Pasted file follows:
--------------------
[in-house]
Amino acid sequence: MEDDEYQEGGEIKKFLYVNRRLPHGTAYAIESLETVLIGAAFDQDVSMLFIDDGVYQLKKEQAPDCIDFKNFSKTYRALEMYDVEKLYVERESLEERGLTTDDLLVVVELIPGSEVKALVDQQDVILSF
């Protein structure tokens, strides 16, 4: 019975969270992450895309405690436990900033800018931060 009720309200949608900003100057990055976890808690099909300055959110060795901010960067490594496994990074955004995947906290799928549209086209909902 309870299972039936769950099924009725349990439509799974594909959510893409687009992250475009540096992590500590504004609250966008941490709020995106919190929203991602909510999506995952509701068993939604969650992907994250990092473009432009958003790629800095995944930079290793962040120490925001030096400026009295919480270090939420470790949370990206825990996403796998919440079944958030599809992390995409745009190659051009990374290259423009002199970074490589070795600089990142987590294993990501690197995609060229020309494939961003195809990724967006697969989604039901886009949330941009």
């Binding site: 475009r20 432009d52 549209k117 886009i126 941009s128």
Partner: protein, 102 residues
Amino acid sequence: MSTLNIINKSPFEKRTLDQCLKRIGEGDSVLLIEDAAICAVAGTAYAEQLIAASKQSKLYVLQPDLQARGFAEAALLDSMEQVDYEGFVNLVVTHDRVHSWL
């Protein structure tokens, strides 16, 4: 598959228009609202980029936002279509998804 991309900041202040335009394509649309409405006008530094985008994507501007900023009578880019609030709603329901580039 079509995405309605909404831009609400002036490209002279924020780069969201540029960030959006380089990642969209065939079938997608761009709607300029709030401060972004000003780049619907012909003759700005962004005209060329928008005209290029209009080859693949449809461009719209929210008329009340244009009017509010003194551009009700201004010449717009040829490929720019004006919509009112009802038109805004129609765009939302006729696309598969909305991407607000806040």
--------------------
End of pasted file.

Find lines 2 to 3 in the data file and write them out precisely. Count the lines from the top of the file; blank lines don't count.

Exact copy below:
Amino acid sequence: MEDDEYQEGGEIKKFLYVNRRLPHGTAYAIESLETVLIGAAFDQDVSMLFIDDGVYQLKKEQAPDCIDFKNFSKTYRALEMYDVEKLYVERESLEERGLTTDDLLVVVELIPGSEVKALVDQQDVILSF
């Protein structure tokens, strides 16, 4: 019975969270992450895309405690436990900033800018931060 009720309200949608900003100057990055976890808690099909300055959110060795901010960067490594496994990074955004995947906290799928549209086209909902 309870299972039936769950099924009725349990439509799974594909959510893409687009992250475009540096992590500590504004609250966008941490709020995106919190929203991602909510999506995952509701068993939604969650992907994250990092473009432009958003790629800095995944930079290793962040120490925001030096400026009295919480270090939420470790949370990206825990996403796998919440079944958030599809992390995409745009190659051009990374290259423009002199970074490589070795600089990142987590294993990501690197995609060229020309494939961003195809990724967006697969989604039901886009949330941009």